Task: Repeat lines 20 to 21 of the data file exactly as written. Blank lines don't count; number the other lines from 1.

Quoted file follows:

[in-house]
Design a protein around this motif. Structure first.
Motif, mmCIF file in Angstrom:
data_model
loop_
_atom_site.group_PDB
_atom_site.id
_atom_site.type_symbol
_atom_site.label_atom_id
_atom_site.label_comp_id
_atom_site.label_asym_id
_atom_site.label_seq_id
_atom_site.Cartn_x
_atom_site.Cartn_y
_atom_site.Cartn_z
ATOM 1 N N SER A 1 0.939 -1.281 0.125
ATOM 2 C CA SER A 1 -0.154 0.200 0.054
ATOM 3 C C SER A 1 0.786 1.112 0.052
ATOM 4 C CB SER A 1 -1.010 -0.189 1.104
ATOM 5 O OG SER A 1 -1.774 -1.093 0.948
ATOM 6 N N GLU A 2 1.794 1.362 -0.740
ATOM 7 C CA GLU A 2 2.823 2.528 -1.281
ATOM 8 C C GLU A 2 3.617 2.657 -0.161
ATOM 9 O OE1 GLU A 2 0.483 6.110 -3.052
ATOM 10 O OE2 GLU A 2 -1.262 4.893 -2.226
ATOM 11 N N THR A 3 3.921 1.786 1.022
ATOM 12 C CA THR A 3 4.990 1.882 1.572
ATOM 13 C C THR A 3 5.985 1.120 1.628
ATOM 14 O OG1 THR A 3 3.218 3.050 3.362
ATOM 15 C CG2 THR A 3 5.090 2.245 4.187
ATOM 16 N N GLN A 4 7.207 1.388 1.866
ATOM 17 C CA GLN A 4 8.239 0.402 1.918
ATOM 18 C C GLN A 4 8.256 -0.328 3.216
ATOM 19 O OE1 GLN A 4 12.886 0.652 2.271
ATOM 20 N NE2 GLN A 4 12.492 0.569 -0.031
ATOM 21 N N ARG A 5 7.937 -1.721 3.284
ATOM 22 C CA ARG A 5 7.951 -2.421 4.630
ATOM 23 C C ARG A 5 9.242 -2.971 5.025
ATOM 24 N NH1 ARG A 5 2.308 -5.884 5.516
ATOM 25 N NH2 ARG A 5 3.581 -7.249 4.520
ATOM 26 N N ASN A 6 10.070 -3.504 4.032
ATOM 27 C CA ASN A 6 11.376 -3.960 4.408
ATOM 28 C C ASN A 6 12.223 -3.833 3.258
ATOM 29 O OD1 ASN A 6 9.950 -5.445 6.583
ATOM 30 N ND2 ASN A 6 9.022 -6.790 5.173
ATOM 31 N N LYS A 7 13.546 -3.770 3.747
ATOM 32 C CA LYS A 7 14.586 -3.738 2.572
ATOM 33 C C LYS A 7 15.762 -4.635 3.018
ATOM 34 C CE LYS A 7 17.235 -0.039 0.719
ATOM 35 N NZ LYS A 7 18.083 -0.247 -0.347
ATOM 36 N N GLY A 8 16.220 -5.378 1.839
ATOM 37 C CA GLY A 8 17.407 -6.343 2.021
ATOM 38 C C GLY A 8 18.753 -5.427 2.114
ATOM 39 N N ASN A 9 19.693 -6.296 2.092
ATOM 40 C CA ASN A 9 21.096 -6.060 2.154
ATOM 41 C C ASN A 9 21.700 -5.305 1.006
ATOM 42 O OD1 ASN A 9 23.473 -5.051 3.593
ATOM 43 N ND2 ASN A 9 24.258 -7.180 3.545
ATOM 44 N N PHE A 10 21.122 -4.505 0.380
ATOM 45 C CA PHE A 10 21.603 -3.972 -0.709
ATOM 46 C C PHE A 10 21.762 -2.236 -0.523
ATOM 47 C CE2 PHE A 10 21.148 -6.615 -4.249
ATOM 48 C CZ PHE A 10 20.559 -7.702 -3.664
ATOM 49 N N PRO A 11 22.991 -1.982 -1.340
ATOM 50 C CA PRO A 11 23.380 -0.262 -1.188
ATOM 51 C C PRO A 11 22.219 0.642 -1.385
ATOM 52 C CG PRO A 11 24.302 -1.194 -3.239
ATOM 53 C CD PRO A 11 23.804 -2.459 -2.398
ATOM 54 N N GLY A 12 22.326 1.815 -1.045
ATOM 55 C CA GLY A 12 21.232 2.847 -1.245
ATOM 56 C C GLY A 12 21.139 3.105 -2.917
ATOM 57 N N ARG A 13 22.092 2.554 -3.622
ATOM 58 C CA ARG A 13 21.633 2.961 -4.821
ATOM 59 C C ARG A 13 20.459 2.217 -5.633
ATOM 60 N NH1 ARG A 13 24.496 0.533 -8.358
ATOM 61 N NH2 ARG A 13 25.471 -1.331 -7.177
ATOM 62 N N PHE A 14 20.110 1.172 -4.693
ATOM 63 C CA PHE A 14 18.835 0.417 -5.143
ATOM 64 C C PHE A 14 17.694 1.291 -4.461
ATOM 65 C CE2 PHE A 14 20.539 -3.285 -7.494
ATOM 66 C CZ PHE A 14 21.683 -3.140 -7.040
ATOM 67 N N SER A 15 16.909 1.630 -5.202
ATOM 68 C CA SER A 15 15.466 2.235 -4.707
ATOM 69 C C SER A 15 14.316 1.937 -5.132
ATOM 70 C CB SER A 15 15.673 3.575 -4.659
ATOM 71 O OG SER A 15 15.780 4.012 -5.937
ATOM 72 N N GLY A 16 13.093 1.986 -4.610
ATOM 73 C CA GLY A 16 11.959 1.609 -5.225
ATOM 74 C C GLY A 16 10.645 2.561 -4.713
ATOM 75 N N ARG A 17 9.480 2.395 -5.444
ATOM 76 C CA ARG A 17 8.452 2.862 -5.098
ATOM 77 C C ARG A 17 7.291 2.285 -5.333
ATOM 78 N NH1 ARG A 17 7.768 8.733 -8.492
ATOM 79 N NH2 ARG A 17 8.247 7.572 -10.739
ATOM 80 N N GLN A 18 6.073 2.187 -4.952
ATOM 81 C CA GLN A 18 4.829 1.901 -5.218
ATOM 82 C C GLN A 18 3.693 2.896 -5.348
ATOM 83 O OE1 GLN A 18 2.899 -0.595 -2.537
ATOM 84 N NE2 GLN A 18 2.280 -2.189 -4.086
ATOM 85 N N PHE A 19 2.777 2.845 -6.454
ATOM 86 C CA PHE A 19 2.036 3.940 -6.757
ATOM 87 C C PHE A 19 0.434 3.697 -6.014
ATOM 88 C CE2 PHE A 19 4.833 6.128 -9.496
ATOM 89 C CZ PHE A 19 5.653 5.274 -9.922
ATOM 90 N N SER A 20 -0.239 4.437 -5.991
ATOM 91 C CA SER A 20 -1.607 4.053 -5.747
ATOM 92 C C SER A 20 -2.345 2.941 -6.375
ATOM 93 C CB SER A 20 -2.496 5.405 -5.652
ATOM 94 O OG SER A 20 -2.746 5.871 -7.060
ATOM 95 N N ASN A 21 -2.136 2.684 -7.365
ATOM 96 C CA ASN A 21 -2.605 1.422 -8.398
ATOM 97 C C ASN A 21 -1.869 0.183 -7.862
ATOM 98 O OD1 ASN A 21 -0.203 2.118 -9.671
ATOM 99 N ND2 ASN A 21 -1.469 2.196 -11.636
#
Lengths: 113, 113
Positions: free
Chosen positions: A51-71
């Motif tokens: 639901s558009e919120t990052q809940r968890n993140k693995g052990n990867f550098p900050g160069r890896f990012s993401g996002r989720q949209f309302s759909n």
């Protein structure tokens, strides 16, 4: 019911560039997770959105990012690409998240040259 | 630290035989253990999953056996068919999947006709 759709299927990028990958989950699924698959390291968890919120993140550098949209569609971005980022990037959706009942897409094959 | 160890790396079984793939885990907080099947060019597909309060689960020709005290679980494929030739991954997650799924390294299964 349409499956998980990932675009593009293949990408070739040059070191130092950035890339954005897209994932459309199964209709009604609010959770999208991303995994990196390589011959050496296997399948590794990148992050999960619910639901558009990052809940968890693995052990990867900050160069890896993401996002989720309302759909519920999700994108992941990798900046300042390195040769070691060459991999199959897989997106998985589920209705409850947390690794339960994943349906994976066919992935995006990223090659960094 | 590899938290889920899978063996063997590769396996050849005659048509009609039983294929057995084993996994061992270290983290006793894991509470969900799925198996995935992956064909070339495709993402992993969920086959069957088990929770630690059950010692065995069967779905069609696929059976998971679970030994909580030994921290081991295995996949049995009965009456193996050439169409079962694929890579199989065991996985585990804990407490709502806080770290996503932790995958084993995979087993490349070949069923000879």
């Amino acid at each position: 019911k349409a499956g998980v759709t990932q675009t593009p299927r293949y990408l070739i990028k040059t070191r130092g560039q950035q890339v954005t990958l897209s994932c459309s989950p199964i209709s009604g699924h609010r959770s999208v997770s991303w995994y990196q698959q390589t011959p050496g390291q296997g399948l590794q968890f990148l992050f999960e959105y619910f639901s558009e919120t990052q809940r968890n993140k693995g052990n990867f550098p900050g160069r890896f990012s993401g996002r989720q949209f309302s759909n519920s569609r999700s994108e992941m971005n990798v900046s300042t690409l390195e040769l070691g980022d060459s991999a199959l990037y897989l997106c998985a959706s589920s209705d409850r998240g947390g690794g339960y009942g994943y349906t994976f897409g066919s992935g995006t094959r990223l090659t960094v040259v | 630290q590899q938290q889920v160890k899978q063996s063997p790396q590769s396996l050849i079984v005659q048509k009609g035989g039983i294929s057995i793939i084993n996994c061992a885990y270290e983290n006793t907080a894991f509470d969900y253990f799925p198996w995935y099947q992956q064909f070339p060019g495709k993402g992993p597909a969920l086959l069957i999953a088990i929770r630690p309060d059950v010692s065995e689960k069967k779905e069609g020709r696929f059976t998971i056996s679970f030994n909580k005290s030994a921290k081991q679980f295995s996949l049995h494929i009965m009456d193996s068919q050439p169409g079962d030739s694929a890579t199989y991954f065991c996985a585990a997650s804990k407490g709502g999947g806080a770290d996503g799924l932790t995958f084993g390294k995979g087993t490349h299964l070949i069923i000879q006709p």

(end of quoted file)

ATOM 5 O OG SER A 1 -1.774 -1.093 0.948
ATOM 6 N N GLU A 2 1.794 1.362 -0.740